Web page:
The bottom portion 16 includes means for securely attaching medical waste, which can include medical sharps (such as, surgical needles, scalpels and hypodermic needles), biological tissue and also other medical devices, such as sponges, tubing, bandages and cloth implements. The means for securely attaching medical waste can include, for example, peel-covered peelable adhesive areas 20 or foam 21, or other fibrous areas 22 in FIG. 1A or contact cement and conventional viscous fluid media which tightly hold an object which contacts the media. Depending on the type of medical waste, the adhesive areas 20 or the foam or fibrous areas 22 are preferred means for securely attaching the medical waste. For example, surgical needles 24 are easily secured in either the adhesive areas 20 or the foam 21 or the fibrous areas 22, whereas scalpel blades 26 are secured best by the adhesive areas 20.
The device 10 further includes in the top portion a means for rendering harmless the medical waste, such as the surgical needles 24 attached to the adhesive areas 20. The means for rendering harmless is preferably a chemical to disinfect or sterilize the medical waste. A chemical could include, for example, a plastic packet 28 of commercial disinfectant or disinfectant soaked foam 29, such as hospital-level disinfectant as indicated in FIG. 1D. The plastic packet 28 is covered with a peel layer 30. When the peel layer 30 is removed, the plastic packet 28 is ready for use. In this form of the invention the top portion 14 see FIG. 1AB can include coupled means such as spikes 31 (or 33 in the bottom portion 16 shown in FIG. 1AA) to penetrate the plastic packet 28 to release disinfectant trapped beneath the sealed peel layer 30 (or to release disinfectant in the foam 29 in the bottom portion 16).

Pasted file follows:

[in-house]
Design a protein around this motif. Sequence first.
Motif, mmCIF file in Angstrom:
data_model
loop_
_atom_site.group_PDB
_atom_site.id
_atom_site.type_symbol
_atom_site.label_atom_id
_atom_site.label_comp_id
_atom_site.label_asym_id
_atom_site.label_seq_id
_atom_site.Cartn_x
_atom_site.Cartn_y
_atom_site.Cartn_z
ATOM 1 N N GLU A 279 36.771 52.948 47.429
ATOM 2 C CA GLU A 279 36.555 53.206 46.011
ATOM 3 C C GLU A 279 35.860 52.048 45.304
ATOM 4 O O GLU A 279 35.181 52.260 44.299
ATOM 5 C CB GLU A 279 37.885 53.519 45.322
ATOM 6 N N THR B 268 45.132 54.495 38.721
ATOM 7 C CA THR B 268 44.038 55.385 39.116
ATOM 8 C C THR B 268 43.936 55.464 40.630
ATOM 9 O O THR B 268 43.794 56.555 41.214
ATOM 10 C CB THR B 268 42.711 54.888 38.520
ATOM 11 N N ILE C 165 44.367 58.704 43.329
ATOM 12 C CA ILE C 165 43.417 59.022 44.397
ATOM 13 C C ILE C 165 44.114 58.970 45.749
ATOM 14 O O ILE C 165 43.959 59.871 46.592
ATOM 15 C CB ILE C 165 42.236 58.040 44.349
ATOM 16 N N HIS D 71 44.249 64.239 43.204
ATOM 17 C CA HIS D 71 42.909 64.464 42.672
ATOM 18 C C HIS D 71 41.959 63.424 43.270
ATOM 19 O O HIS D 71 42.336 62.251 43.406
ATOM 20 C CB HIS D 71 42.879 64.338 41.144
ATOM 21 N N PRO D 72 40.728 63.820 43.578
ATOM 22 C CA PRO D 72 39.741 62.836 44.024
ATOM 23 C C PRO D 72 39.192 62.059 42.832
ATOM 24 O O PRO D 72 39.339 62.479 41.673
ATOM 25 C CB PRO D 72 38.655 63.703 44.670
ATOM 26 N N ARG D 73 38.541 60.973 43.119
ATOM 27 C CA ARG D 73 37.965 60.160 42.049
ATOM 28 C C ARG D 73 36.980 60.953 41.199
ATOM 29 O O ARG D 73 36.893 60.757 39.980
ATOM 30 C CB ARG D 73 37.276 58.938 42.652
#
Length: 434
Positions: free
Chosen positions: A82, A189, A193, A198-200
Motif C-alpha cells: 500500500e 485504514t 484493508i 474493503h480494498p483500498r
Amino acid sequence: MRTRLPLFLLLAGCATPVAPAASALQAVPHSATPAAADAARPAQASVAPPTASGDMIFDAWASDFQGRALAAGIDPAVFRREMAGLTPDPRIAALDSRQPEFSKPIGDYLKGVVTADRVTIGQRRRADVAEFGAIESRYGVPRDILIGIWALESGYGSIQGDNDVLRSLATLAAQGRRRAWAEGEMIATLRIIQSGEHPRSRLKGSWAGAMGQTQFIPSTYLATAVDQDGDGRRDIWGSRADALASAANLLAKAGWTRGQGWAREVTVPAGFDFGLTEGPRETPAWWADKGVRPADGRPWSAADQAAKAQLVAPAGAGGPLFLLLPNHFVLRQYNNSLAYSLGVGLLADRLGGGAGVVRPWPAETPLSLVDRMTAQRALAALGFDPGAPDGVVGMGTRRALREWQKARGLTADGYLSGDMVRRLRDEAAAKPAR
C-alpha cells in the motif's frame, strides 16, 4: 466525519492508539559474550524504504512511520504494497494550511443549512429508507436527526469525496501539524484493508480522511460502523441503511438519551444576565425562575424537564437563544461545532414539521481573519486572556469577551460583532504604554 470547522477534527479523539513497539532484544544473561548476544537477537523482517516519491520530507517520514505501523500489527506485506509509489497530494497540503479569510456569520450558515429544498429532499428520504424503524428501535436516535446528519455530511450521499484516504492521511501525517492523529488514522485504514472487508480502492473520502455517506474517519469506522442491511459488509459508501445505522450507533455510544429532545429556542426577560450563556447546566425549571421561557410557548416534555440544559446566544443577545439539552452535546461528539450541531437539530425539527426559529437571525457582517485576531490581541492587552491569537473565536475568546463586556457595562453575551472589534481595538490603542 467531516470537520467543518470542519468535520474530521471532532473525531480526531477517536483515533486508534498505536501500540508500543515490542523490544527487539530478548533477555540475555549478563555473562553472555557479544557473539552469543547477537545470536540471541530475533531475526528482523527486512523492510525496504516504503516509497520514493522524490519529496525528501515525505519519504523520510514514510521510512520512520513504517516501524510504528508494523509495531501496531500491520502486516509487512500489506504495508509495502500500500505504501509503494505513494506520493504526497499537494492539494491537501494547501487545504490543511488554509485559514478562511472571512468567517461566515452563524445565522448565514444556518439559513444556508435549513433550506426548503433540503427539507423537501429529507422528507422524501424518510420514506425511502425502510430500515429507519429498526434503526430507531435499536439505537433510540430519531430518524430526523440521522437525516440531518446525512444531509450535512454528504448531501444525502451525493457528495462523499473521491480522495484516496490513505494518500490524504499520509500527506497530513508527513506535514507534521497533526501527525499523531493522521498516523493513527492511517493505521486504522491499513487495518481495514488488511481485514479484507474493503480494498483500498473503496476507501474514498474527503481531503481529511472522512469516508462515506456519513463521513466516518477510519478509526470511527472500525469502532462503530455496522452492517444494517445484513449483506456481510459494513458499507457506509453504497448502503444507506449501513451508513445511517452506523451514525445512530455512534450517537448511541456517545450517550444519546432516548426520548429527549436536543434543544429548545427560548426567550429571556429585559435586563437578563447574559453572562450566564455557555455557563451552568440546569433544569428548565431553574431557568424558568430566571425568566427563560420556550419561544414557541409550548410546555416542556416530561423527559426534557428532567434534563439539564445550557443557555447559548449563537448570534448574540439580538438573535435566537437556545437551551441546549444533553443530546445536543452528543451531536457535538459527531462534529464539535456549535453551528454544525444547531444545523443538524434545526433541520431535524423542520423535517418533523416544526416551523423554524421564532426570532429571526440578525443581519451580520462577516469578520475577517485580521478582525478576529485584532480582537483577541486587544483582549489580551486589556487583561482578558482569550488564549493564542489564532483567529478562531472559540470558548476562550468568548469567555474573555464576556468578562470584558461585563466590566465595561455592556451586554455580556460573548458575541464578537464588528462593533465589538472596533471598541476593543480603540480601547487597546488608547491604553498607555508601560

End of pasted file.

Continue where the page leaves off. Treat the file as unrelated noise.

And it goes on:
In a most preferred embodiment the means for attaching medical waste is constructed of a material which allows percolation of a liquid or gaseous disinfectant through the attaching means. The disinfectant is therefore able to contact the attached medical waste and neutralize the biological contaminants associated with the medical waste.
When the user has disposed of the medical waste in the device 10 in the manner described above, a seal means is utilized in order to sealingly close the device 10. In particular, the seal means preferably acts to close the device 10 to prevent reopening the closed device 10. As shown in FIG. 1AA and FIG. 1AB a respectively in 1CA and 1CB a preferred embodiment comprises a recessed channel 50 the bottom portion 16 and a protruding ridge 51 on the top portion 14. The recessed channel 50 matingly receives the ridge 51, and the shapes of the channel 50 and ridge 51 are designed to sealingly close the device 10 and also nondestructive reopening of the device 10. The particular shape of the channel 50 and the ridge 51 can be, for example, keyway design or other locking mechanism which allows easy entry of the ridge 51 into the channel 50 but preventing nondestructive removal of the ridge 31 from the channel 50 for example, the cross sectional view in FIG. 1CA and CB of the ridge 51 and mating channel 50).
In another form of the invention, the seal means can be, a first and second seal means, such as, conventionally peelable seal areas 32 and 34, respectively, shown in FIG. 1AA and 1AB. Other possible sealing means for the device 10 can be areas of contact cement, viscous fluid media, or thermally activated cement. In addition, the sealing means can be an epoxy formula wherein a viscous hardener portion is on the seal area of the top portion 14 and a viscous epoxy resin portion is on the seal area of the bottom portion 16.